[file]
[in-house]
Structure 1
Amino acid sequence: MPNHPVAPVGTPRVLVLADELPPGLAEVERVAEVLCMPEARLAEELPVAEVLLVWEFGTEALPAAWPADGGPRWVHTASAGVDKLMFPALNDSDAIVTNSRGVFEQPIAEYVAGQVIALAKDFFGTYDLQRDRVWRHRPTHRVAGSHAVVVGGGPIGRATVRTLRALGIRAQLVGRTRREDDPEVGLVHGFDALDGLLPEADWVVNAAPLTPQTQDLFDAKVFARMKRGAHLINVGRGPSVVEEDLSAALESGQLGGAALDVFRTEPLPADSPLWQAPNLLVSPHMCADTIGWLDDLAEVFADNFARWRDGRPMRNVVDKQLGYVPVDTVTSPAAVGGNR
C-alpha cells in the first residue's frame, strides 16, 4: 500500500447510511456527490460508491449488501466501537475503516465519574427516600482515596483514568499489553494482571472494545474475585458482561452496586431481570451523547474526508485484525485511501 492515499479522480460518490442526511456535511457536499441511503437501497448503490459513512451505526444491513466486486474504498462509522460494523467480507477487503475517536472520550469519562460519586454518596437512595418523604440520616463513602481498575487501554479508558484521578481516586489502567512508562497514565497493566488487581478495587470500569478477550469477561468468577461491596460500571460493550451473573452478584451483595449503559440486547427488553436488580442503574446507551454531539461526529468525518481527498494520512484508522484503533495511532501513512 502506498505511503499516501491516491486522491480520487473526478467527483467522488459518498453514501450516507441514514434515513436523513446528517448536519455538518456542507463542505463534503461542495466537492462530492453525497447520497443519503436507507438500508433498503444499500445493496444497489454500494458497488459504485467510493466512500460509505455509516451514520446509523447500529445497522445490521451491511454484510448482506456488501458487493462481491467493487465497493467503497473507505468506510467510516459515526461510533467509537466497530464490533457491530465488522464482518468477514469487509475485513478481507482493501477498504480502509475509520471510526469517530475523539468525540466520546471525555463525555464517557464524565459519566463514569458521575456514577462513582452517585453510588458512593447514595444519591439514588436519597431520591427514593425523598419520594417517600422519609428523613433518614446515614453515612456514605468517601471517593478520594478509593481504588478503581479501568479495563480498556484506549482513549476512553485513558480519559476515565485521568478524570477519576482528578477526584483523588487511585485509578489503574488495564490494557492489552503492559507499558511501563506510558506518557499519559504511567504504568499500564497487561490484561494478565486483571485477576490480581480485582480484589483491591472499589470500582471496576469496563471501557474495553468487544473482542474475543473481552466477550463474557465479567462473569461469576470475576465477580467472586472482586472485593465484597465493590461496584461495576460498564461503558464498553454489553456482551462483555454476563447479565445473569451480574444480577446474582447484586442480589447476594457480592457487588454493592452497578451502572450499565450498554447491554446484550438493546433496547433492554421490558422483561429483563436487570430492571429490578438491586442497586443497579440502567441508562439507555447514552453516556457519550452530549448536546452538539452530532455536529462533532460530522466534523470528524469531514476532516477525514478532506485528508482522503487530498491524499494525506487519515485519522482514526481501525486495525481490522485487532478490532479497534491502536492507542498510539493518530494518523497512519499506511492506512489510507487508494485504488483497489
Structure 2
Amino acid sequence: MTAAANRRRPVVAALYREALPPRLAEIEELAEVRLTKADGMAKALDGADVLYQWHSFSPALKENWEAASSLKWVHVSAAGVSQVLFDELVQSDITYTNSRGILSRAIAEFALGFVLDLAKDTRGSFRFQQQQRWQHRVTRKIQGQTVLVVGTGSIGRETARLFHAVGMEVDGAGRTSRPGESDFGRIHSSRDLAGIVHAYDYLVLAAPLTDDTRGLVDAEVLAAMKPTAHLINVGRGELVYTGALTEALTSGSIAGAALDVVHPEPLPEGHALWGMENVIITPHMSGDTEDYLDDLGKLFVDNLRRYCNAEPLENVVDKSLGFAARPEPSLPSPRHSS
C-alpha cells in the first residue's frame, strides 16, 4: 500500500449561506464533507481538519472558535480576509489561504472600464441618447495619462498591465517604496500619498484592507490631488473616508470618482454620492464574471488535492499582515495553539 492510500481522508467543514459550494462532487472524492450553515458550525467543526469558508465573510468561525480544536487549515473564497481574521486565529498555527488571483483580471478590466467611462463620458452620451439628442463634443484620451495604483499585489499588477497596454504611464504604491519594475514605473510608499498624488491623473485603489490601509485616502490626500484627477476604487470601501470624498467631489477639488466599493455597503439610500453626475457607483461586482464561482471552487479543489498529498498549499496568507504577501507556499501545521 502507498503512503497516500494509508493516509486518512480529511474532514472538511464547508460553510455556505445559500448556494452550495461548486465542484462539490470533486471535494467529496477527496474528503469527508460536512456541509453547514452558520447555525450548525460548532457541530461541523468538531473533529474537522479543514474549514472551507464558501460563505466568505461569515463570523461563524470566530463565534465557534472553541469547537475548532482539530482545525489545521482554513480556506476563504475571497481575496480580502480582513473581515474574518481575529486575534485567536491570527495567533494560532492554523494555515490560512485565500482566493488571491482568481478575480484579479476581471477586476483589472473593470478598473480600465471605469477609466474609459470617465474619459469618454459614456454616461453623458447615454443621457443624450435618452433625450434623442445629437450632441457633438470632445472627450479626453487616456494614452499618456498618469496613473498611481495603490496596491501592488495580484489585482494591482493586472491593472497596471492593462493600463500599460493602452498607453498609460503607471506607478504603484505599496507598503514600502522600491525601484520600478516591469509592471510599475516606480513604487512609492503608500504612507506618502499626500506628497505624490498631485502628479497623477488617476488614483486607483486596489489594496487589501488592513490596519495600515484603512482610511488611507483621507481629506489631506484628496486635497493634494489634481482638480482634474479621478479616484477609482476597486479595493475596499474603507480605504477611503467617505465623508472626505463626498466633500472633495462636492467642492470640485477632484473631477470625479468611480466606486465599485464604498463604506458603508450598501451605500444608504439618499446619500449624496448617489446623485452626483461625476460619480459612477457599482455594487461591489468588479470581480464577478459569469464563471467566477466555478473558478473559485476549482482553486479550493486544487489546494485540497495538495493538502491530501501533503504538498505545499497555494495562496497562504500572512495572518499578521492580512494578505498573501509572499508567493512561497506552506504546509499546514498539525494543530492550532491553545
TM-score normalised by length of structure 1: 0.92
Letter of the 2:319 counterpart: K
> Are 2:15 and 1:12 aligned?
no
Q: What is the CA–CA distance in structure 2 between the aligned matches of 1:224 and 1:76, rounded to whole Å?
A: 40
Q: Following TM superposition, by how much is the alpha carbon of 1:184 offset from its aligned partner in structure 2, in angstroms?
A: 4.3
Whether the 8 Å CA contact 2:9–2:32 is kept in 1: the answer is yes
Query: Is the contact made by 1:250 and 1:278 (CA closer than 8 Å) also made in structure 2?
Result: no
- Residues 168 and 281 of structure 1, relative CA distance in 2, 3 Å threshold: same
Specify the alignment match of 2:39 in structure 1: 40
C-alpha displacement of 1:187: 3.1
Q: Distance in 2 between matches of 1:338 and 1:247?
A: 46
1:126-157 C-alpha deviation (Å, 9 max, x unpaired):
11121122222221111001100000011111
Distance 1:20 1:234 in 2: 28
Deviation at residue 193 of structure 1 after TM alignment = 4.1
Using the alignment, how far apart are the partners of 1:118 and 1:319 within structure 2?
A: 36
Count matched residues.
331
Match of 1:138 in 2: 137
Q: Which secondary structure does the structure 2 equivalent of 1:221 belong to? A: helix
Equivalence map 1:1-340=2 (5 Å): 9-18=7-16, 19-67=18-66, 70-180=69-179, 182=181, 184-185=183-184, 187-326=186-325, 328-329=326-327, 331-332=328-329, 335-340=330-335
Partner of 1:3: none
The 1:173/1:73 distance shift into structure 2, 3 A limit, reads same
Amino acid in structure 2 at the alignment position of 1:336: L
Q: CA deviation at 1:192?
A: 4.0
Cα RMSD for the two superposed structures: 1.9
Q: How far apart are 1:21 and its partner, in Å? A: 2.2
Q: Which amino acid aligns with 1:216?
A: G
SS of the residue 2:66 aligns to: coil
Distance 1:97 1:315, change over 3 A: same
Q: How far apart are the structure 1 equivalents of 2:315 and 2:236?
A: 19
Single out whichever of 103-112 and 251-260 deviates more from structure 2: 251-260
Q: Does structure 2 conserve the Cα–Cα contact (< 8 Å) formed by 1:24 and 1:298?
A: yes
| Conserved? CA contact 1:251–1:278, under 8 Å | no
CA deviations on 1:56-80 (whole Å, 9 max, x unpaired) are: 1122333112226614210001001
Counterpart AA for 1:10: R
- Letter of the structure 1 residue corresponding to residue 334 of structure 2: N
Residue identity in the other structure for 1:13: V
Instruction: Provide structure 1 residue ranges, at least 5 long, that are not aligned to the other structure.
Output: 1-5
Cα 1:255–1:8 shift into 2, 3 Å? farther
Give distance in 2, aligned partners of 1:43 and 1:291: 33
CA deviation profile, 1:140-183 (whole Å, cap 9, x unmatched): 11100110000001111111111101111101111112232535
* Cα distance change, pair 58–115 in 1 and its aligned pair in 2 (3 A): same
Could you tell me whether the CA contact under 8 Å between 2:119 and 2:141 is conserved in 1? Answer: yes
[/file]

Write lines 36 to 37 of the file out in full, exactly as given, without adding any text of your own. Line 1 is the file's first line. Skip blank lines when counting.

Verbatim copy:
The 1:173/1:73 distance shift into structure 2, 3 A limit, reads same
Amino acid in structure 2 at the alignment position of 1:336: L